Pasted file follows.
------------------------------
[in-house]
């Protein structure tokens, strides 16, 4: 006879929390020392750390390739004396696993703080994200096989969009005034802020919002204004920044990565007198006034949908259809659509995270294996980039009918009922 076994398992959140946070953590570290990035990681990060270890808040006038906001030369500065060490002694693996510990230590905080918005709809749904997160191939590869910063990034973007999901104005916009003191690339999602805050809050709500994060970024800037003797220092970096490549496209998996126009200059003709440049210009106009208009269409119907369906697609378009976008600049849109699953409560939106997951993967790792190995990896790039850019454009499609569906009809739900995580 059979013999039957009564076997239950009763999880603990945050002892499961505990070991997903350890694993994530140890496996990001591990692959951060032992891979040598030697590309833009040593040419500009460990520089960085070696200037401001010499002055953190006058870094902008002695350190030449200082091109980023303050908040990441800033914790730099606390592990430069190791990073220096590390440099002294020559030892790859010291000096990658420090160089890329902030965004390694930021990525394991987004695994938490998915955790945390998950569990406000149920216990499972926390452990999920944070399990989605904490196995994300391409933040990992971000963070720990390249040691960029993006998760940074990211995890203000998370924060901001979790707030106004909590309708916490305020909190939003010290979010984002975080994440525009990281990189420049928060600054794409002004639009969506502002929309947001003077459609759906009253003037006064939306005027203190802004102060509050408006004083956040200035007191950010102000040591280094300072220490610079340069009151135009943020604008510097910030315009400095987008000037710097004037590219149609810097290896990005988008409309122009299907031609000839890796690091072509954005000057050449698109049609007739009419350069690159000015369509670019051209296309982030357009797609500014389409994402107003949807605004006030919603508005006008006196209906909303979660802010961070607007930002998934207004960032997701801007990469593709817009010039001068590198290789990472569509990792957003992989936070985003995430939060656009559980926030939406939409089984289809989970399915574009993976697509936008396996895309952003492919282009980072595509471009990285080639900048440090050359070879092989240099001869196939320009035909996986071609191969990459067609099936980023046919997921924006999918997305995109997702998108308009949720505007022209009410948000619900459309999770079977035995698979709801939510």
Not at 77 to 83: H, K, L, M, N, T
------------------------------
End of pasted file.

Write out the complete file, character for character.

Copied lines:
[in-house]
């Protein structure tokens, strides 16, 4: 006879929390020392750390390739004396696993703080994200096989969009005034802020919002204004920044990565007198006034949908259809659509995270294996980039009918009922 076994398992959140946070953590570290990035990681990060270890808040006038906001030369500065060490002694693996510990230590905080918005709809749904997160191939590869910063990034973007999901104005916009003191690339999602805050809050709500994060970024800037003797220092970096490549496209998996126009200059003709440049210009106009208009269409119907369906697609378009976008600049849109699953409560939106997951993967790792190995990896790039850019454009499609569906009809739900995580 059979013999039957009564076997239950009763999880603990945050002892499961505990070991997903350890694993994530140890496996990001591990692959951060032992891979040598030697590309833009040593040419500009460990520089960085070696200037401001010499002055953190006058870094902008002695350190030449200082091109980023303050908040990441800033914790730099606390592990430069190791990073220096590390440099002294020559030892790859010291000096990658420090160089890329902030965004390694930021990525394991987004695994938490998915955790945390998950569990406000149920216990499972926390452990999920944070399990989605904490196995994300391409933040990992971000963070720990390249040691960029993006998760940074990211995890203000998370924060901001979790707030106004909590309708916490305020909190939003010290979010984002975080994440525009990281990189420049928060600054794409002004639009969506502002929309947001003077459609759906009253003037006064939306005027203190802004102060509050408006004083956040200035007191950010102000040591280094300072220490610079340069009151135009943020604008510097910030315009400095987008000037710097004037590219149609810097290896990005988008409309122009299907031609000839890796690091072509954005000057050449698109049609007739009419350069690159000015369509670019051209296309982030357009797609500014389409994402107003949807605004006030919603508005006008006196209906909303979660802010961070607007930002998934207004960032997701801007990469593709817009010039001068590198290789990472569509990792957003992989936070985003995430939060656009559980926030939406939409089984289809989970399915574009993976697509936008396996895309952003492919282009980072595509471009990285080639900048440090050359070879092989240099001869196939320009035909996986071609191969990459067609099936980023046919997921924006999918997305995109997702998108308009949720505007022209009410948000619900459309999770079977035995698979709801939510």
Not at 77 to 83: H, K, L, M, N, T